Can you switch with Mitch at the People’s Vote march?
- Credit: Archant
MITCH BENN challenges you to make up for his absence at the People's Vote march.
My committed activism in the Remain cause since the 2016 referendum is fuelled in no small part by residual guilt at the knowledge that I didn't do a damn thing to help or promote the Remain cause before the 2016 referendum.
I don't think I'm alone in this either; many people I've spoken to on my travels banging the People's Vote drum have expressed similar regrets. In our collective defence I don't think any of us expected the utter limpness of the 2016 Remain campaign, nor indeed really perceived it even while it was still happening.
I wasn't as shocked by the result as I keep being told I was; I was disappointed, obviously, but I knew it'd be a three- or four-point squeaker in either direction and was just as likely to go Leave as to go Remain, but in retrospect it was surprising it was as close as it was...
We had two well-funded Leave campaigns, both led by 'charismatic' politicians with big personal followings (no tutting at the back; however transparent and repellent Johnson and Farage may be to us, they do command a lot of loyalty even if Boris is using all of his up just now) up against one vague, apologetic Remain campaign ostensibly led by David Cameron (who was thus in the philosophically untenable position of leading the opposition to something he himself had invoked), with Jeremy Corbyn largely absent and Tim Farron entirely absent even when present.
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Add this to the 40 years of virulent anti-EU propaganda in much of the media (tempered only by occasional timid, measured pro-European squeaks in the rest of the media) and it's amazing it wasn't a landslide.
So it's with what I guess you'd call the zeal of the convert that I've jumped into the Remain cause since then, attending and indeed hosting People's Vote rallies all over the country, writing this weekly column and posting screeds of anti-Brexit videos and songs online, the better to assuage my conscience that even if we're doomed to lose again, I'll know I did all I could this time.
- 1 Nigel Farage reminded of claim that 'acid test of Brexit' surrounds fishing after clip resurfaces
- 2 Pro-Brexit fishing campaigner says Boris Johnson's deal has left her with 'no fish'
- 3 Piers Morgan and Susanna Reid reject Boris Johnson's coronavirus claim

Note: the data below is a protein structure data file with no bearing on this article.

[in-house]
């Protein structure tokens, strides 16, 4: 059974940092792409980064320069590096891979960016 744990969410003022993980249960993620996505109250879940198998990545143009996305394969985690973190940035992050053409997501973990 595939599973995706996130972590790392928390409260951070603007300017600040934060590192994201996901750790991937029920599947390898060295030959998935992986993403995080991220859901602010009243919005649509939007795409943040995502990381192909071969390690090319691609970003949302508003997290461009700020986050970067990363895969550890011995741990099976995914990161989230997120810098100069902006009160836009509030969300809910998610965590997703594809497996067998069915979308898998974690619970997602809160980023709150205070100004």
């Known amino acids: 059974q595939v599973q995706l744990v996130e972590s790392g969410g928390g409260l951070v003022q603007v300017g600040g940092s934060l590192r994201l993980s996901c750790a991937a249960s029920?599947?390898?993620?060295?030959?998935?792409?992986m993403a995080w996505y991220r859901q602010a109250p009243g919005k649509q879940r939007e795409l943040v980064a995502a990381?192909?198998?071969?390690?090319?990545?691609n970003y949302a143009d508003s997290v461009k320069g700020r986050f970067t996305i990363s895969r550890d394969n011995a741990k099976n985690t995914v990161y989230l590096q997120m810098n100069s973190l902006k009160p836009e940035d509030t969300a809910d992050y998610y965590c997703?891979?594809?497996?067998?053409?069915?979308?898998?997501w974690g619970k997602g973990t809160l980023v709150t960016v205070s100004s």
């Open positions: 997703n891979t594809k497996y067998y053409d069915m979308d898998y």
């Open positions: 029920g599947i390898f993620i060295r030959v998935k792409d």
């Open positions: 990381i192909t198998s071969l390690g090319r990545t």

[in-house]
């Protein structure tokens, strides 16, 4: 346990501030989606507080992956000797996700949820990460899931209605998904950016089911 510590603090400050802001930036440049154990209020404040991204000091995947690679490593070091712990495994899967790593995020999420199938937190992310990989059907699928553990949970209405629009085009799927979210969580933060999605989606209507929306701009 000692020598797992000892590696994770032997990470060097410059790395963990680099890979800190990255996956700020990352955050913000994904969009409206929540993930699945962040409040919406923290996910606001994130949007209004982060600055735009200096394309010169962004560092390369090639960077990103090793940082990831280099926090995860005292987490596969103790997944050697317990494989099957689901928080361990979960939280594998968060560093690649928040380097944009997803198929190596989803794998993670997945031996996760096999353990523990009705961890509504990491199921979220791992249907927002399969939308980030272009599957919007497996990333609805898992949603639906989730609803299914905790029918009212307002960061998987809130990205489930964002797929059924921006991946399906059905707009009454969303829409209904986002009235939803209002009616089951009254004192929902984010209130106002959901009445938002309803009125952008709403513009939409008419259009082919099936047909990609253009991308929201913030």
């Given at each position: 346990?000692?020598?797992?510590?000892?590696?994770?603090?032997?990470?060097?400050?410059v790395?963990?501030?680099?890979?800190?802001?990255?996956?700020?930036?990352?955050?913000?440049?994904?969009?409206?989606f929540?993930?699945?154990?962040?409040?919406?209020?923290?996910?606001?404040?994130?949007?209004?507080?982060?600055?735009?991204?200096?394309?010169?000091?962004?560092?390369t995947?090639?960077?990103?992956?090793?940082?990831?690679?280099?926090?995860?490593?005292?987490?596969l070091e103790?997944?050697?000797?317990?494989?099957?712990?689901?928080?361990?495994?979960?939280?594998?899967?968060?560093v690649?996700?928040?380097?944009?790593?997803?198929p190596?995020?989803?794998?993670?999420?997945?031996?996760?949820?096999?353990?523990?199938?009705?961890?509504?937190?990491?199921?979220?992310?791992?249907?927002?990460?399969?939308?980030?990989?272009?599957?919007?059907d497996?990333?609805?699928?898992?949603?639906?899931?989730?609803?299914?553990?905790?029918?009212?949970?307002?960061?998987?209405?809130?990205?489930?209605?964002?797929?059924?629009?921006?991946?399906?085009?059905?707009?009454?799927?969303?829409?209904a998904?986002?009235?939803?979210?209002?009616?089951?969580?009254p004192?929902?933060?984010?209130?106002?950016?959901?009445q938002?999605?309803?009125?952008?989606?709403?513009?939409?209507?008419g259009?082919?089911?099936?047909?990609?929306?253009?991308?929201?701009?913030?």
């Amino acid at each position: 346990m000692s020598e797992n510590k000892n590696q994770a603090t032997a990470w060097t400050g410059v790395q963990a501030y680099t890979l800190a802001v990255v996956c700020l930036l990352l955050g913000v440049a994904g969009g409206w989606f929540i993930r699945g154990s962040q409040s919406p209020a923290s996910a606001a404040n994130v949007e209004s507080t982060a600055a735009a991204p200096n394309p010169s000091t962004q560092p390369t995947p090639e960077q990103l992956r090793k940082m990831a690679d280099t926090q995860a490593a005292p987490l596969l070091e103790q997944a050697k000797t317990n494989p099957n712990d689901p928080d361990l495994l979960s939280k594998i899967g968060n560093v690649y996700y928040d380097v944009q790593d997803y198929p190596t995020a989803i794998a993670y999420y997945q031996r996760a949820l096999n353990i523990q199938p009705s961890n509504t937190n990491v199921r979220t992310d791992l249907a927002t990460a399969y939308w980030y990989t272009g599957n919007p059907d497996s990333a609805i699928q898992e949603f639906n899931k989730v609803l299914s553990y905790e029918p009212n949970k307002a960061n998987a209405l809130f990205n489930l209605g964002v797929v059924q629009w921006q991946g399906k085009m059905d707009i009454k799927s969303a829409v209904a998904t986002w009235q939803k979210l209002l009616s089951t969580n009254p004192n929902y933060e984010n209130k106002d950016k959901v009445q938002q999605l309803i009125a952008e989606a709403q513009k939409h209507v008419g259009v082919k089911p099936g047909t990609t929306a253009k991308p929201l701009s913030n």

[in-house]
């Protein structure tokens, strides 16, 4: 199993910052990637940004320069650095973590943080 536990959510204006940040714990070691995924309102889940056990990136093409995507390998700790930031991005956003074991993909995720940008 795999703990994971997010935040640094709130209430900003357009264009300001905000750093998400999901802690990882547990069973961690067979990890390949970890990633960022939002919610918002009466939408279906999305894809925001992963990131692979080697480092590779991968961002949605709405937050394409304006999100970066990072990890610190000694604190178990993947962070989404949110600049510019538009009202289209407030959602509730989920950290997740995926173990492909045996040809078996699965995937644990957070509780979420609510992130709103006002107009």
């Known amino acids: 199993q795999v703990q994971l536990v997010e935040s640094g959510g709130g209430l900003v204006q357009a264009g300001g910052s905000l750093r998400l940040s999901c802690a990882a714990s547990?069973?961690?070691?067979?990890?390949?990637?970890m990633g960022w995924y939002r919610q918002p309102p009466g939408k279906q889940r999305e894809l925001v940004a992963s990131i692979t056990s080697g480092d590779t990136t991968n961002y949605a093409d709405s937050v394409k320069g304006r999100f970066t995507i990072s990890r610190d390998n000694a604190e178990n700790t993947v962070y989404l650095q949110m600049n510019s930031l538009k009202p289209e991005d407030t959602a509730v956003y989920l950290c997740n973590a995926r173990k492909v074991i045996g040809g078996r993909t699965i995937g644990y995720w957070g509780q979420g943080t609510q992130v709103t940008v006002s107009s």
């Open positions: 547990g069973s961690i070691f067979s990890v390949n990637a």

- 4 SNP MP asks Priti Patel why she has not stood down following UK border comments
- 5 Ed Miliband mocks Kwasi Kwarteng's 'road to Damascus conversion'
- 6 European parliament agrees to add British overseas territories to post-Brexit tax haven blacklist
- 7 NHS boss admits UK faces Covid vaccine shortage
- 8 Telegraph columnist blames Angela Merkel for Brexit
- 9 Tories abstain on motion to protect post-Brexit workers' rights
- 10 Piers Morgan causes hilarity with 'Priti Patel with a brain' jibe
Or at least I had been doing all I could until now.
I'm not going to make it to the March in London on Saturday.
I could have made it had it been held on its initial date of October 12 (last Saturday) as my gig that evening was in Banbury, but this Saturday my show is in the town of Wem in Shropshire. There's just no way of combining the two.
And I should point out that these shows aren't mixed bill comedy nights; they're dates on my own national tour. One can generally get out of a comedy club booking without causing too much trouble (although it doesn't do to make a habit of it), indeed to go on one of the previous People's Vote marches I cancelled a gig in Barcelona, which I doubt I'll be offered again in the near future.
But to cancel a tour show would cause chaos; the show only exists because I'm doing it, so if I pull out the whole thing is off and a lot of other people's time and money is wasted.
I should point out that I wouldn't have been performing in any official capacity on the day; my absence merely deprives the event of one body on the street (albeit one of the bigger bodies).
But this still matters; a crowd of a million people doesn't arrive as the result of a single collective decision by 'a million people' to turn up, but rather as the product of a million individual decisions to turn up, and every one of those decisions is as vital as all the others.
So I'd like to ask a favour.
By the time you read this the march will be no more than 48 hours away, and as such all of you know by now whether or not you're going. What I'm asking is for one of you who've decided not to go to change your mind.
All my missing the march is doing is reducing the turnout by one person, but turnout is what it's all about, so I'm asking one of you to be that one person and make up for my absence.
If you can be that one person, and send me proof of your participation to firstname.lastname@example.org by next week, I'll give you a shout out in the next column. Unless two thousand of you decide to go of course, in which case giving you all a shout out would bust my word limit.
This one is important, folks. This one matters. You know how I keep ending these columns with the word "Resist"? If you've ever wondered what exactly you can do to "resist", well now you know.
Turn up. Turn out. Resist.
We're nearly there.
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